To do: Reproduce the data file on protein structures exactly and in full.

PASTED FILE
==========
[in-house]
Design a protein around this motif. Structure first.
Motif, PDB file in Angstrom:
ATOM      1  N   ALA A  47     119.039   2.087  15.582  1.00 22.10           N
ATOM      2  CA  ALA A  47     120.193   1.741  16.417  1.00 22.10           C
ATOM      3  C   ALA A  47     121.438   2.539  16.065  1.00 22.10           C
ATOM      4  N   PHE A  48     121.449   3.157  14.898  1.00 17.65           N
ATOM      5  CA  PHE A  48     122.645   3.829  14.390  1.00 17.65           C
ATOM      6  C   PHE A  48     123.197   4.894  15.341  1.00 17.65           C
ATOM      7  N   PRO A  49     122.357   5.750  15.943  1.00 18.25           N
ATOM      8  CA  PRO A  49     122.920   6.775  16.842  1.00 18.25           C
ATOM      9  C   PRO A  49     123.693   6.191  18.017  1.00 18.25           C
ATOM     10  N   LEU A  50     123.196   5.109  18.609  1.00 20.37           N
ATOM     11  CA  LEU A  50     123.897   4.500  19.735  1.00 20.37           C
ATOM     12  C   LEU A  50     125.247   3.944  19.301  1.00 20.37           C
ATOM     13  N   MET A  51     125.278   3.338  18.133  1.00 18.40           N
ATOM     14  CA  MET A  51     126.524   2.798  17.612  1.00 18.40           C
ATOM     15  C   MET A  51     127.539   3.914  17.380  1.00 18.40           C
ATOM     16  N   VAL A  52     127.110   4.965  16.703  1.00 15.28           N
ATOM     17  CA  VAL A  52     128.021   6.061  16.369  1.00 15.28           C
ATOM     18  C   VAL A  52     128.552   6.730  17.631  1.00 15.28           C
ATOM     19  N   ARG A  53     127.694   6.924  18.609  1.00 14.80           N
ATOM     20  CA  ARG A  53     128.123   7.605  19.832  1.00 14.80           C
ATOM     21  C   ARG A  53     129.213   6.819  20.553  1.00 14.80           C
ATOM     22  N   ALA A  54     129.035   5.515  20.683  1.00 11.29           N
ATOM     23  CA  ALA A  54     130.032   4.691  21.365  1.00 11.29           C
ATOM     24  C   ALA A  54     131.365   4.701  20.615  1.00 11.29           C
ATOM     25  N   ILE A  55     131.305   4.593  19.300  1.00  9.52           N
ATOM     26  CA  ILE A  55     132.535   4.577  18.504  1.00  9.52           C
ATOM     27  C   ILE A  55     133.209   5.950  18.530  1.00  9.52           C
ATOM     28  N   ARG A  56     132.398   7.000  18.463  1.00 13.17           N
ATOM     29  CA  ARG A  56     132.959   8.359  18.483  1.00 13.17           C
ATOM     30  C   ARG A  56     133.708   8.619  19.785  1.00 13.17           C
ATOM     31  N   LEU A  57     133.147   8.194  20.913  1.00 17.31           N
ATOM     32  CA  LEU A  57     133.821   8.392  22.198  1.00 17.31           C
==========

[in-house]
Design a protein around this motif. Structure first.
Motif, PDB file in Angstrom:
ATOM      1  N   ALA A  47     119.039   2.087  15.582  1.00 22.10           N
ATOM      2  CA  ALA A  47     120.193   1.741  16.417  1.00 22.10           C
ATOM      3  C   ALA A  47     121.438   2.539  16.065  1.00 22.10           C
ATOM      4  N   PHE A  48     121.449   3.157  14.898  1.00 17.65           N
ATOM      5  CA  PHE A  48     122.645   3.829  14.390  1.00 17.65           C
ATOM      6  C   PHE A  48     123.197   4.894  15.341  1.00 17.65           C
ATOM      7  N   PRO A  49     122.357   5.750  15.943  1.00 18.25           N
ATOM      8  CA  PRO A  49     122.920   6.775  16.842  1.00 18.25           C
ATOM      9  C   PRO A  49     123.693   6.191  18.017  1.00 18.25           C
ATOM     10  N   LEU A  50     123.196   5.109  18.609  1.00 20.37           N
ATOM     11  CA  LEU A  50     123.897   4.500  19.735  1.00 20.37           C
ATOM     12  C   LEU A  50     125.247   3.944  19.301  1.00 20.37           C
ATOM     13  N   MET A  51     125.278   3.338  18.133  1.00 18.40           N
ATOM     14  CA  MET A  51     126.524   2.798  17.612  1.00 18.40           C
ATOM     15  C   MET A  51     127.539   3.914  17.380  1.00 18.40           C
ATOM     16  N   VAL A  52     127.110   4.965  16.703  1.00 15.28           N
ATOM     17  CA  VAL A  52     128.021   6.061  16.369  1.00 15.28           C
ATOM     18  C   VAL A  52     128.552   6.730  17.631  1.00 15.28           C
ATOM     19  N   ARG A  53     127.694   6.924  18.609  1.00 14.80           N
ATOM     20  CA  ARG A  53     128.123   7.605  19.832  1.00 14.80           C
ATOM     21  C   ARG A  53     129.213   6.819  20.553  1.00 14.80           C
ATOM     22  N   ALA A  54     129.035   5.515  20.683  1.00 11.29           N
ATOM     23  CA  ALA A  54     130.032   4.691  21.365  1.00 11.29           C
ATOM     24  C   ALA A  54     131.365   4.701  20.615  1.00 11.29           C
ATOM     25  N   ILE A  55     131.305   4.593  19.300  1.00  9.52           N
ATOM     26  CA  ILE A  55     132.535   4.577  18.504  1.00  9.52           C
ATOM     27  C   ILE A  55     133.209   5.950  18.530  1.00  9.52           C
ATOM     28  N   ARG A  56     132.398   7.000  18.463  1.00 13.17           N
ATOM     29  CA  ARG A  56     132.959   8.359  18.483  1.00 13.17           C
ATOM     30  C   ARG A  56     133.708   8.619  19.785  1.00 13.17           C
ATOM     31  N   LEU A  57     133.147   8.194  20.913  1.00 17.31           N
ATOM     32  CA  LEU A  57     133.821   8.392  22.198  1.00 17.31           C